Send in air support
A. Sue Weisler
A team of RIT students spent the year giving wings to an idea that could help archaeologists find artifacts on the ground or buried a few meters below the surface.
Closer to the ground, aerial unmanned vehicles, or drones, equipped with multispectral sensors could provide richer, more detailed information than satellite imagery.
“The point of the project is to make an imaging system that clips onto a drone to fly over an archeological site,” said Leah Bartnik, project manager and a graduating senior in RIT’s Chester F. Carlson Center for Imaging Science. Data processed after the flight can tell an archeologist where to excavate, she said.
“The end product will be a 3D model, and it will have the picture information laid on top of it.”
Bartnik, from West Seneca, N.Y., sought an imaging science capstone project that would give her experience working on an engineering team.
William Middleton, associate professor of archeology in RIT’s College of Liberal Arts, served as the team’s customer. Bartnik’s imaging system is about the size of a tissue box and includes a traditional camera and near-infrared and thermal sensors used to assess vegetation.
The green pigment in plants known as chlorophyll absorbs and converts light into energy, and it reflects brightly in the green and infrared wavelengths. Weak measurements can indicate unhealthy patches of vegetation and, potentially, an object obstructing the roots.
“If there is a feature that emits heat at a different rate than the ground, and its position correlates with a feature that is stressing out the vegetation, there is probably something right at the surface or a few meters below,” Bartnik said.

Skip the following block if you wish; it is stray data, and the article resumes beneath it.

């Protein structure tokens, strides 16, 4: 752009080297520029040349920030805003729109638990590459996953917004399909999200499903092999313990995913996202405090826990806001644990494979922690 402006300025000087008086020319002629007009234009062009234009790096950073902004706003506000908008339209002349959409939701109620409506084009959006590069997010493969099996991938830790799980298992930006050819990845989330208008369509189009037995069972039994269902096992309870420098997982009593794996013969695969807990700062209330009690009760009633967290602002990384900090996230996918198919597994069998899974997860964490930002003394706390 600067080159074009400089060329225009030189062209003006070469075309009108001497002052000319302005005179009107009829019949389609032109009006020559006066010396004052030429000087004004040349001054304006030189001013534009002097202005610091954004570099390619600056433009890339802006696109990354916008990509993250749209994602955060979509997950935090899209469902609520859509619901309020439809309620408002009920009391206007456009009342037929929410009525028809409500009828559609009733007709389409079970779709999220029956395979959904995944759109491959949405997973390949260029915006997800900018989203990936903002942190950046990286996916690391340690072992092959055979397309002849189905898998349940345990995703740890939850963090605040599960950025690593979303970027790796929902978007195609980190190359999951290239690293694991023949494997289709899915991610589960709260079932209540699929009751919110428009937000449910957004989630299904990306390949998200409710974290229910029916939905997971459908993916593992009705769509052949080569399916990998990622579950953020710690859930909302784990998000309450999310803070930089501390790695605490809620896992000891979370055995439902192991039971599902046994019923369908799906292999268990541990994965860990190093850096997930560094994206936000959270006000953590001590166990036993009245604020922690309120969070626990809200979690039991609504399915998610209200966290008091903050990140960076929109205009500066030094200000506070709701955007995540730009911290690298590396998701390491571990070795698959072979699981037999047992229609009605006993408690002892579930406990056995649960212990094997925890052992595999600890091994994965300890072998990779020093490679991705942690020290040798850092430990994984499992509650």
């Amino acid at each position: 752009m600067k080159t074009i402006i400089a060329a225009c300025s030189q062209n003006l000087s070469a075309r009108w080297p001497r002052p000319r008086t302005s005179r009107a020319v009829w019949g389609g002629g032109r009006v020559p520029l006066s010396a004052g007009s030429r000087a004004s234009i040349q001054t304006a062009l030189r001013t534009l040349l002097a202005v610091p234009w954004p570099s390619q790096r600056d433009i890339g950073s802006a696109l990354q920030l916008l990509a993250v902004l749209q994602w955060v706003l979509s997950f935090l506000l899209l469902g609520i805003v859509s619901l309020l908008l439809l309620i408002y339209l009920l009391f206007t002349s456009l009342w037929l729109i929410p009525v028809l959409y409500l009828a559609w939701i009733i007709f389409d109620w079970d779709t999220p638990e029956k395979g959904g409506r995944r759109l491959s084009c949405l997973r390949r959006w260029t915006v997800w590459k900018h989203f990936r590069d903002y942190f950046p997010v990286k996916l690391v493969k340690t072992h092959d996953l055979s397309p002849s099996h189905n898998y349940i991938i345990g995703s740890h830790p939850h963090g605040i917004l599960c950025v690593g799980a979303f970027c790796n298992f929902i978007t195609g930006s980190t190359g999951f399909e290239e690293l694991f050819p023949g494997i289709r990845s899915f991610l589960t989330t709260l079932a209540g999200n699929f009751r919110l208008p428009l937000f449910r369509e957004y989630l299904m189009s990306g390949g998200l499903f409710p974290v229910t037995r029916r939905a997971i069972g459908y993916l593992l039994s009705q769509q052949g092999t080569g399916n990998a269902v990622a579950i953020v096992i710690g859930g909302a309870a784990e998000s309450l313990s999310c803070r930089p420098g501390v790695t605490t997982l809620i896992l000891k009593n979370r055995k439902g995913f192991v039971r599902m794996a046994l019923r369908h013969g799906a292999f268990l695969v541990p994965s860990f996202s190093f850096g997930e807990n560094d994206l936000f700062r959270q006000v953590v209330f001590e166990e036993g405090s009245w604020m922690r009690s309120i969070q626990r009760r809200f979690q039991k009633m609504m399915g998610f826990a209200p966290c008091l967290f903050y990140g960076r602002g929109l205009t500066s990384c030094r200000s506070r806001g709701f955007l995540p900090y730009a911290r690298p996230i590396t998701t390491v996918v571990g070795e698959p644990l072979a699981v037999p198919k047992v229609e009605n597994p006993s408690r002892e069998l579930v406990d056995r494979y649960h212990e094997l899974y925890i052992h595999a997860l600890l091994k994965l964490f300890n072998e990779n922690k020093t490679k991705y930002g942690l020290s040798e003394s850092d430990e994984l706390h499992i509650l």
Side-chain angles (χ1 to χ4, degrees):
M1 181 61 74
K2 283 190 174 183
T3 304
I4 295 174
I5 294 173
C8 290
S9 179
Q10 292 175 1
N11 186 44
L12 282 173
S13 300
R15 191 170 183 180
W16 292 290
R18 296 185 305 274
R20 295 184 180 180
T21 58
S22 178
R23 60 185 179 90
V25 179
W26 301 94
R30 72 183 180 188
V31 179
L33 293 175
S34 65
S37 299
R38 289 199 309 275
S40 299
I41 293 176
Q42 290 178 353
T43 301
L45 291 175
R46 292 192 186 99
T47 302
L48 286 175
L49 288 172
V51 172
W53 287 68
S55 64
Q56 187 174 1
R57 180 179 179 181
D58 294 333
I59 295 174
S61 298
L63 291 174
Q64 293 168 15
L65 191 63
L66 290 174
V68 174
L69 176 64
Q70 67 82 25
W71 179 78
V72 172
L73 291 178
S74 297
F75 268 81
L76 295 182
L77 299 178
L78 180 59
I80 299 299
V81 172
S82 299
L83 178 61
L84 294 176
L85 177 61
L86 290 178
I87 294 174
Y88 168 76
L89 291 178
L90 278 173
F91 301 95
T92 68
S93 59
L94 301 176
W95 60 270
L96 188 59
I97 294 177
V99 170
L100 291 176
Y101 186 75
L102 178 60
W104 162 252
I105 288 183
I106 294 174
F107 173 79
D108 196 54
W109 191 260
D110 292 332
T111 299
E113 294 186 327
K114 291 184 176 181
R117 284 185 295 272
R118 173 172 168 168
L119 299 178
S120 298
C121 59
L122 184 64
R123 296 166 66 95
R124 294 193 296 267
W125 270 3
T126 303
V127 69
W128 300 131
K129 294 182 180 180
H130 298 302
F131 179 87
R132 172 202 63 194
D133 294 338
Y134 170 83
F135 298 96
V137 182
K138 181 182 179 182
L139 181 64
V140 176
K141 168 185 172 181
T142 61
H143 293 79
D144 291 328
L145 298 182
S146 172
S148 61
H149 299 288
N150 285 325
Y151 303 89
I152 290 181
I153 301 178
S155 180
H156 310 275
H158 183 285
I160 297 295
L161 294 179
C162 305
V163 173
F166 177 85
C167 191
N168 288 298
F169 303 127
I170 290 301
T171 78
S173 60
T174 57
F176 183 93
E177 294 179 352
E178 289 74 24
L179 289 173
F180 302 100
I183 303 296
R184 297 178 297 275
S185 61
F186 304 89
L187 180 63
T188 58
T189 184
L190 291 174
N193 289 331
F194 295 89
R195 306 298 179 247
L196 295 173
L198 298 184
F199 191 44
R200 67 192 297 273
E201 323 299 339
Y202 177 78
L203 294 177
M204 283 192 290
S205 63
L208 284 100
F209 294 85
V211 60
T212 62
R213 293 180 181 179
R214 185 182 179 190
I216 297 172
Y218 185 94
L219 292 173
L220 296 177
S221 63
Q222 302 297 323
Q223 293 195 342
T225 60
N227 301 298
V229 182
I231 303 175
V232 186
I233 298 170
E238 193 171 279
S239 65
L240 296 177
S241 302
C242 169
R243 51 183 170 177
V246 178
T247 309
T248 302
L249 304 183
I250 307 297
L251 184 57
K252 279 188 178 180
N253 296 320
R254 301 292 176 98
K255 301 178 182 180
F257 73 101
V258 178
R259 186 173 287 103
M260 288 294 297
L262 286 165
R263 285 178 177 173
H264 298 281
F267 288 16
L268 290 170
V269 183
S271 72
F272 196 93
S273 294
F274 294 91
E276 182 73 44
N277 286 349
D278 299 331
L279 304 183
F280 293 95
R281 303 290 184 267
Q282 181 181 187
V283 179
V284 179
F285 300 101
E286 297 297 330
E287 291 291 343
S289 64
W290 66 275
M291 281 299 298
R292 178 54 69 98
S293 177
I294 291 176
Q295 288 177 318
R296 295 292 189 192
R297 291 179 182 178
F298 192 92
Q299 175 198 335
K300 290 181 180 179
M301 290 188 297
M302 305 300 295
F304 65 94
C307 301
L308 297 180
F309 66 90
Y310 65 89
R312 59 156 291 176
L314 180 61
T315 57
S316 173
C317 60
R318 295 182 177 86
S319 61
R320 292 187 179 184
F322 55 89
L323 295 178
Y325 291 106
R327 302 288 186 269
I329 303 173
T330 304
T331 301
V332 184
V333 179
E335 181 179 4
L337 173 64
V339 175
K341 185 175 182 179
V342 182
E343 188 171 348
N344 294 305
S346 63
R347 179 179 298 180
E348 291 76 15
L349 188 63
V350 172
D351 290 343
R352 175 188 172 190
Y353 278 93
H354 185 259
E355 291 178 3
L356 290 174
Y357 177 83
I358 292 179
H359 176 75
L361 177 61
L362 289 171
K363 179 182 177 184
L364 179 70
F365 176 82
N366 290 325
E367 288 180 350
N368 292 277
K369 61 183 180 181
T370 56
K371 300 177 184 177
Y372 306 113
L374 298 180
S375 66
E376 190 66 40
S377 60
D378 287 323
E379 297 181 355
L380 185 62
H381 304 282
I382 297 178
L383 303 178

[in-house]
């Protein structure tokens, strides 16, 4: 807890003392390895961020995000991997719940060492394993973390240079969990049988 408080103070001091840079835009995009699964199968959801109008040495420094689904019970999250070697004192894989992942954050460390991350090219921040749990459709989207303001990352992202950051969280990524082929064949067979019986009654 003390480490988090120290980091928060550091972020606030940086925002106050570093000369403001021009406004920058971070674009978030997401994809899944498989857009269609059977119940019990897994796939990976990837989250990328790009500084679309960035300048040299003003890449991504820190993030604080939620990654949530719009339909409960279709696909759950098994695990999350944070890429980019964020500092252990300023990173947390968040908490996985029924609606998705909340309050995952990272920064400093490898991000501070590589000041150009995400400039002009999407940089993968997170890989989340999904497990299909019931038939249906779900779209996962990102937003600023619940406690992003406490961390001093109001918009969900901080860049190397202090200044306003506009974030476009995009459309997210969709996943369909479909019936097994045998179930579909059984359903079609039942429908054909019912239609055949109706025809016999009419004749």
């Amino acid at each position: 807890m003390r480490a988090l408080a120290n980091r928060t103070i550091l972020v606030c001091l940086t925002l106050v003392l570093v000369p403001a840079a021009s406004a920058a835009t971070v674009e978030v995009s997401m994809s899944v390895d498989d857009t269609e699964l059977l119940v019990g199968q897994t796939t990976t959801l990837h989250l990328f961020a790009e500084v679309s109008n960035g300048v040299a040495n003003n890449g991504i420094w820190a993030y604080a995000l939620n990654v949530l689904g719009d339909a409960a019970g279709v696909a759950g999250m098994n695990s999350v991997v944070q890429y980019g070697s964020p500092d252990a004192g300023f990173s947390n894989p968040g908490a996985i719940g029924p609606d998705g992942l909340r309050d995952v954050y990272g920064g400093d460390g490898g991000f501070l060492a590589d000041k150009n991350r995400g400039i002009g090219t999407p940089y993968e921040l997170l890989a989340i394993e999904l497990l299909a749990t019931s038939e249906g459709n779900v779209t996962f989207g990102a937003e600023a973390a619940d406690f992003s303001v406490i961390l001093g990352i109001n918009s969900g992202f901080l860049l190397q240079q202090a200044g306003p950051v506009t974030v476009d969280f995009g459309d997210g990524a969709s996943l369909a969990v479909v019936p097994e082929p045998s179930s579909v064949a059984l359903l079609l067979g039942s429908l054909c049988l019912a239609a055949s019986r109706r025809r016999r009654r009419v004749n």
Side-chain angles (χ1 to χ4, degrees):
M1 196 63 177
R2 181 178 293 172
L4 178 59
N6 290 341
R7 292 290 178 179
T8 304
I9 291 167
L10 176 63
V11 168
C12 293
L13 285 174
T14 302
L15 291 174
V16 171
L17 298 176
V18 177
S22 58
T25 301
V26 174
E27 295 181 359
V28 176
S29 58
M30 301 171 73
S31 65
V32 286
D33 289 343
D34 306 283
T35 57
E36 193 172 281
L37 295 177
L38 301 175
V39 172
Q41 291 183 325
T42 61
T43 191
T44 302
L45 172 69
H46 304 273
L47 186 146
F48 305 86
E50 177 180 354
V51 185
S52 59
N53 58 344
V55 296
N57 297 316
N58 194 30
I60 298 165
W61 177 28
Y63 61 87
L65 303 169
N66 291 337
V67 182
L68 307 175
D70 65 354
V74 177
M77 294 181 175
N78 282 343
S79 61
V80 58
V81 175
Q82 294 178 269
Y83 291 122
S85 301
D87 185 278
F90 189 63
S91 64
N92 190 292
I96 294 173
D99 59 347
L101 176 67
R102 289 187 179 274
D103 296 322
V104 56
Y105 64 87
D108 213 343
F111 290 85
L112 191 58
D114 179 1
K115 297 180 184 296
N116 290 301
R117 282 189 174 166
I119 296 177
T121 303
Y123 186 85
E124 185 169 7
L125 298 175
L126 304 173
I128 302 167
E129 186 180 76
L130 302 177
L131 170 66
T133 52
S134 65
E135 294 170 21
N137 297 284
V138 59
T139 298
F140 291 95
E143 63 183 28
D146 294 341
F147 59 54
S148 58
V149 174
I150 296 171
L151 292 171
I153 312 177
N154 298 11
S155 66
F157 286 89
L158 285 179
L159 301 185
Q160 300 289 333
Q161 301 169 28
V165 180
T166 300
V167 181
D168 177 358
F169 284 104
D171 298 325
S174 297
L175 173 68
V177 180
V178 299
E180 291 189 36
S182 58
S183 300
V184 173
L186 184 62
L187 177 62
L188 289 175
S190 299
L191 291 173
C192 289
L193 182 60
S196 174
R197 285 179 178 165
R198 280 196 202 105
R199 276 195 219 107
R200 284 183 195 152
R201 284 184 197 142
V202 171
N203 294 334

The engineers on the senior design team focused on the drone platform. Mechanical engineers Ben McFadden and Gavin Bailey designed and built the carbon-fiber gimbal, the pivotal support mounted to the drone that holds the imaging system. Electrical engineers Ryan Moore, Jeremy Sardella, Stephen Depot and Arthur Svec worked on the electrical harnessing and control system for the gimbal, including the automatic flight planning system.
McFadden noted, “There were weeks when the mechanical engineers were doing their own thing in the machine shop, and the electrical engineers were doing data collection and controls, but in the end, we were able to integrate pretty well.”
Bartnik and Moore presented the project in February at Boeing’s Engineering Week celebration in Philadelphia. During the project Bartnik became an FAA certified drone pilot and accepted a job at Harris Corp. where she will work on image processing and making software tools.
“I really like working in groups, and I want to be part of an engineering team when I graduate,” Bartnik said.
Learn more about this team and see them in action at bit.ly/ArcDrone.
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